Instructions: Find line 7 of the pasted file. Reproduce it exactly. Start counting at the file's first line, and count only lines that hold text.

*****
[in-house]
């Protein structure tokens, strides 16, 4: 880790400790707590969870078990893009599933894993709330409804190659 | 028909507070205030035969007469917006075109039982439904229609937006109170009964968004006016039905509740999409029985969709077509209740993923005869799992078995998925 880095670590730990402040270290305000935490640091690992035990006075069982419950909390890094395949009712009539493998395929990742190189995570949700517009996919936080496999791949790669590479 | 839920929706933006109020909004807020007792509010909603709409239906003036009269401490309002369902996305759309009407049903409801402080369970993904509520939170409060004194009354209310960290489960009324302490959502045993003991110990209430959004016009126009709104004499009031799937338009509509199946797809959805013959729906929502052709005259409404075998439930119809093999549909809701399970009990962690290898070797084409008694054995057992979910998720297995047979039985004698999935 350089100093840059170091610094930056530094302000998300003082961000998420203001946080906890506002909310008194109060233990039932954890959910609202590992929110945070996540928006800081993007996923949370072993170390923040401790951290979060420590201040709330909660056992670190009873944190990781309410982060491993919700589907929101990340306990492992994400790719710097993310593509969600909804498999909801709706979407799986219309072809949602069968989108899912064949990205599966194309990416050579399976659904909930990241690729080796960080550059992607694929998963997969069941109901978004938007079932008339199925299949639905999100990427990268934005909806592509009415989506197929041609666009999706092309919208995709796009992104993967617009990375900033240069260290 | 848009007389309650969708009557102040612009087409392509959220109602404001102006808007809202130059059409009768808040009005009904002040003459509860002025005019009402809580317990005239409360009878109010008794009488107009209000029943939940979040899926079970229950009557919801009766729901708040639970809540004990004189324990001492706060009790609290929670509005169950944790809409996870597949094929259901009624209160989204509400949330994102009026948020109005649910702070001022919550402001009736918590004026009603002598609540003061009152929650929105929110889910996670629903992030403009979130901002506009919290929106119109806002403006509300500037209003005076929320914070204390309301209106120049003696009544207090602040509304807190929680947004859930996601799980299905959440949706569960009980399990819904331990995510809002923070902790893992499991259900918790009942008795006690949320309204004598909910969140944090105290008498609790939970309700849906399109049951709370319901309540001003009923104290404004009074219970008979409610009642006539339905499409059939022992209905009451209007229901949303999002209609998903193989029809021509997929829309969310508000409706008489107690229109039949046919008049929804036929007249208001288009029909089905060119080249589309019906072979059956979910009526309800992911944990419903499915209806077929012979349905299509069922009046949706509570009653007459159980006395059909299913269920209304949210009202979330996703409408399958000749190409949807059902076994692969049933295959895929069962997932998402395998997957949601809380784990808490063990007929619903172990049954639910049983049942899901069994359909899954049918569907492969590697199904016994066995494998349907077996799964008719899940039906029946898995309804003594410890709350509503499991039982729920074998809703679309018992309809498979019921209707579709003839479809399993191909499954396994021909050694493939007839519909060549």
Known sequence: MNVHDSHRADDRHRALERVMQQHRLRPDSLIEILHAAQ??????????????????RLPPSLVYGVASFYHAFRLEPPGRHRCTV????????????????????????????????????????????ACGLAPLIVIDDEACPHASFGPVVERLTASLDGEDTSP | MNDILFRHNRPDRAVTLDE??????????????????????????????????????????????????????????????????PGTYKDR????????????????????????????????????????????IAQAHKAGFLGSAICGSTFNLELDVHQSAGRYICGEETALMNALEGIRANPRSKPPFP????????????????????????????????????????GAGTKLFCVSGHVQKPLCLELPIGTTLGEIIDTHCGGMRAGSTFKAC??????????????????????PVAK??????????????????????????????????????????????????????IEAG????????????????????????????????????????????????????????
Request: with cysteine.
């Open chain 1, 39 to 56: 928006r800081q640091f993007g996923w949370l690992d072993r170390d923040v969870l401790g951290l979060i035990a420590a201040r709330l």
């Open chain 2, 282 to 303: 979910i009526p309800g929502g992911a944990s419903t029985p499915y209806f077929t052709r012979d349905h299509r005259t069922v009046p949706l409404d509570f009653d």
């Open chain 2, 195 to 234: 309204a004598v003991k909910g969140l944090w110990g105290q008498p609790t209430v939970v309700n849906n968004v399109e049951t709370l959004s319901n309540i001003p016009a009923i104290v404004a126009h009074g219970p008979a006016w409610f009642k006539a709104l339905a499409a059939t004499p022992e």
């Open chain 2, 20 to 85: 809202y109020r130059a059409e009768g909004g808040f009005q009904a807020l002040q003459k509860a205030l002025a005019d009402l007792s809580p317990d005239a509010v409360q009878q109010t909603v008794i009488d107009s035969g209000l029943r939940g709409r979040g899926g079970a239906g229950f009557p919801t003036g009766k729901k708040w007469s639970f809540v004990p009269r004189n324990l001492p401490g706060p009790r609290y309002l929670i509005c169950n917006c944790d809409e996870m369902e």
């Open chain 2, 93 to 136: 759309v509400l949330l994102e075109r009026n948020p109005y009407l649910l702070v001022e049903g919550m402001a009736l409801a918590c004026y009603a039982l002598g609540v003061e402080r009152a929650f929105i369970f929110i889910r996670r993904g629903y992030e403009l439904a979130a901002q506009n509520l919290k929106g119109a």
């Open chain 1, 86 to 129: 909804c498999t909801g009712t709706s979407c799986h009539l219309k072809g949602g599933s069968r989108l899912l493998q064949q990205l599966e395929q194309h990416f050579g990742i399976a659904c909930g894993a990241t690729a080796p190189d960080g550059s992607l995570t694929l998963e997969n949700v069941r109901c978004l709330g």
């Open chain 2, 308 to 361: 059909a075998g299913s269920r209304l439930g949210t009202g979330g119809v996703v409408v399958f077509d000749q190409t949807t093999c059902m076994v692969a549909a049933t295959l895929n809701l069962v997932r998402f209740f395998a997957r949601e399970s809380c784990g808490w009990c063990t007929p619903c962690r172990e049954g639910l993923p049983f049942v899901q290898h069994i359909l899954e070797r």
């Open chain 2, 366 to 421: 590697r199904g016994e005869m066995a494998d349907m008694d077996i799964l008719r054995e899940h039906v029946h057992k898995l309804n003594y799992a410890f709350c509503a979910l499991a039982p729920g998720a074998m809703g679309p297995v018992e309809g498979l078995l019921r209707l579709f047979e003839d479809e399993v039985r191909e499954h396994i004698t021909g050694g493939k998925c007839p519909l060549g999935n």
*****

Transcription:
């Open chain 2, 195 to 234: 309204a004598v003991k909910g969140l944090w110990g105290q008498p609790t209430v939970v309700n849906n968004v399109e049951t709370l959004s319901n309540i001003p016009a009923i104290v404004a126009h009074g219970p008979a006016w409610f009642k006539a709104l339905a499409a059939t004499p022992e």